Bête Noire III: Excuse me, darling, but you’re dangling again.

Number Three in the countdown, after Bêtes Noires Five and Four.

Many a school child has been stricken with fear at the words “dangling participle.” They see the correction, they understand what the teacher says…sort of…and then they go ahead and dangle another participle with a seemingly blatant disregard of prior feedback.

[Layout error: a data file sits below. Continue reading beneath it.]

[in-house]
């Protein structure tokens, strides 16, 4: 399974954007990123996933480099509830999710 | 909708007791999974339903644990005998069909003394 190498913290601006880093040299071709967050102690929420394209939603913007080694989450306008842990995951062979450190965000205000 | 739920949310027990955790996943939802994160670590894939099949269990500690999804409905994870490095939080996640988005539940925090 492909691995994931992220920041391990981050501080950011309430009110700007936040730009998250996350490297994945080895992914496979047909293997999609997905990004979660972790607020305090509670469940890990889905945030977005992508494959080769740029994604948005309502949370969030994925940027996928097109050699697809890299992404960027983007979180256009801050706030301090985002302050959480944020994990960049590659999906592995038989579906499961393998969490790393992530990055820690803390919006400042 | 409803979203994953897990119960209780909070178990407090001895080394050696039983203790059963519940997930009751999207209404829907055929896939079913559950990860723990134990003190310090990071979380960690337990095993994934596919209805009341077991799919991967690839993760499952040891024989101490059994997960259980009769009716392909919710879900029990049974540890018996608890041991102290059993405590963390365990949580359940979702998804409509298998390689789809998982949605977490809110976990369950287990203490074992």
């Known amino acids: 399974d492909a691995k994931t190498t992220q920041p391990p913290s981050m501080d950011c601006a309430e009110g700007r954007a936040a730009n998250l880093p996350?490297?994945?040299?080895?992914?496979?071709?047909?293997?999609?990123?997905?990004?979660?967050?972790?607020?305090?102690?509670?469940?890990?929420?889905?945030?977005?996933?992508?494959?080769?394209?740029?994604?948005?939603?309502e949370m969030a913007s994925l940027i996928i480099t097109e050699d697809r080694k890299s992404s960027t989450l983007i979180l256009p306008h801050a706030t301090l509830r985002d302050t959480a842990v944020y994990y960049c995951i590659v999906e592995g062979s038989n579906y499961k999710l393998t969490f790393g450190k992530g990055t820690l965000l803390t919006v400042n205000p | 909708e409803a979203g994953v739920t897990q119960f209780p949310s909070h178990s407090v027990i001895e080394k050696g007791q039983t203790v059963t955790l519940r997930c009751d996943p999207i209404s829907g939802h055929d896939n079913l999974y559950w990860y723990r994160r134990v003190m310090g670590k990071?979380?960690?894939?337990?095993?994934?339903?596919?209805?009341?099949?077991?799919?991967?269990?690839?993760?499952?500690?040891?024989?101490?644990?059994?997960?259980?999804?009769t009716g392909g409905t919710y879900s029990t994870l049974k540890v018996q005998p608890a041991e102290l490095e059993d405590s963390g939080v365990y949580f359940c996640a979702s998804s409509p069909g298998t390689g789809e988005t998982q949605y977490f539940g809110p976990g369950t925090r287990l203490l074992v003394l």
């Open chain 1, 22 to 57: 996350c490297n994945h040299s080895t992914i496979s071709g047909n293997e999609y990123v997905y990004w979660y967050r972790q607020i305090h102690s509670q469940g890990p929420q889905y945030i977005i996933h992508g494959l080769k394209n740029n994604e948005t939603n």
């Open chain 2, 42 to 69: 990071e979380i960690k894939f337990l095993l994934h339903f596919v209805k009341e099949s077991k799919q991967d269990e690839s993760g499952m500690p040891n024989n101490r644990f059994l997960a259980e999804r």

Part of the issue may lie with the name of this mistake. Dangling participle. They’ve also been called hanging or unattached participles. Shakespeare asks us “What’s in a name? That which we call a rose / By any other name would smell as sweet.” So then we can call it a different name – a less threatening name – and it would still be the same thing, right? I suppose this might work up to a point, but from experiences trying this renaming technique with other grammatical issues, it only goes so far to ease student anxiety and promote retention of the correct structure. What really needs to happen is that the item should be understood more clearly; perhaps only then will its name no longer be so fearsome. Continue reading